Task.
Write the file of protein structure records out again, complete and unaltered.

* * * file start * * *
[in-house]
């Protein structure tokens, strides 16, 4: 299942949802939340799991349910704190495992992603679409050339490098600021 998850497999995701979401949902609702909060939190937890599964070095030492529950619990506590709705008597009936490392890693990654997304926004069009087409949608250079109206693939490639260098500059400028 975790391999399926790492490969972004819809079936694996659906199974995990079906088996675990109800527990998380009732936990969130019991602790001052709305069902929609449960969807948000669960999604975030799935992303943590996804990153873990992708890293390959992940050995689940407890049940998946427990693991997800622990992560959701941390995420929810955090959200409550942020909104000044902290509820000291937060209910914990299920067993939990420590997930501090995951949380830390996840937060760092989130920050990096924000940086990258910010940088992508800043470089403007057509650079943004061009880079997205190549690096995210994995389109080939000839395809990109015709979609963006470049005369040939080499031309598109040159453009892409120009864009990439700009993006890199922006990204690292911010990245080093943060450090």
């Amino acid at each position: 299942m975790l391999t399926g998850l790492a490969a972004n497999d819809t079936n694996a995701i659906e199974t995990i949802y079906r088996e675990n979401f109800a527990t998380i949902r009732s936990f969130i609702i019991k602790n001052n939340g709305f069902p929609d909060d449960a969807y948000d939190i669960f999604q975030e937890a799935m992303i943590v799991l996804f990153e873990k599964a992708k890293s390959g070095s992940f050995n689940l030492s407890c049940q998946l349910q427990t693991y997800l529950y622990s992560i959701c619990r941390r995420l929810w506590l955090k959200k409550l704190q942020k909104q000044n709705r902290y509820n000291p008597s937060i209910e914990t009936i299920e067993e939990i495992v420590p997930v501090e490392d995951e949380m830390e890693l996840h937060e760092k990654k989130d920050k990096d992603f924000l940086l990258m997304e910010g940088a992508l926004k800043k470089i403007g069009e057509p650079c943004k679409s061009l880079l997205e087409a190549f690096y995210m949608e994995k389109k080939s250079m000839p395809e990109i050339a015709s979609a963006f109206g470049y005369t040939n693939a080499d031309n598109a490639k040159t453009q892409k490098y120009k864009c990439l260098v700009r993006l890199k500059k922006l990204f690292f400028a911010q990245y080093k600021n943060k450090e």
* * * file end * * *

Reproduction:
[in-house]
């Protein structure tokens, strides 16, 4: 299942949802939340799991349910704190495992992603679409050339490098600021 998850497999995701979401949902609702909060939190937890599964070095030492529950619990506590709705008597009936490392890693990654997304926004069009087409949608250079109206693939490639260098500059400028 975790391999399926790492490969972004819809079936694996659906199974995990079906088996675990109800527990998380009732936990969130019991602790001052709305069902929609449960969807948000669960999604975030799935992303943590996804990153873990992708890293390959992940050995689940407890049940998946427990693991997800622990992560959701941390995420929810955090959200409550942020909104000044902290509820000291937060209910914990299920067993939990420590997930501090995951949380830390996840937060760092989130920050990096924000940086990258910010940088992508800043470089403007057509650079943004061009880079997205190549690096995210994995389109080939000839395809990109015709979609963006470049005369040939080499031309598109040159453009892409120009864009990439700009993006890199922006990204690292911010990245080093943060450090």
């Amino acid at each position: 299942m975790l391999t399926g998850l790492a490969a972004n497999d819809t079936n694996a995701i659906e199974t995990i949802y079906r088996e675990n979401f109800a527990t998380i949902r009732s936990f969130i609702i019991k602790n001052n939340g709305f069902p929609d909060d449960a969807y948000d939190i669960f999604q975030e937890a799935m992303i943590v799991l996804f990153e873990k599964a992708k890293s390959g070095s992940f050995n689940l030492s407890c049940q998946l349910q427990t693991y997800l529950y622990s992560i959701c619990r941390r995420l929810w506590l955090k959200k409550l704190q942020k909104q000044n709705r902290y509820n000291p008597s937060i209910e914990t009936i299920e067993e939990i495992v420590p997930v501090e490392d995951e949380m830390e890693l996840h937060e760092k990654k989130d920050k990096d992603f924000l940086l990258m997304e910010g940088a992508l926004k800043k470089i403007g069009e057509p650079c943004k679409s061009l880079l997205e087409a190549f690096y995210m949608e994995k389109k080939s250079m000839p395809e990109i050339a015709s979609a963006f109206g470049y005369t040939n693939a080499d031309n598109a490639k040159t453009q892409k490098y120009k864009c990439l260098v700009r993006l890199k500059k922006l990204f690292f400028a911010q990245y080093k600021n943060k450090e």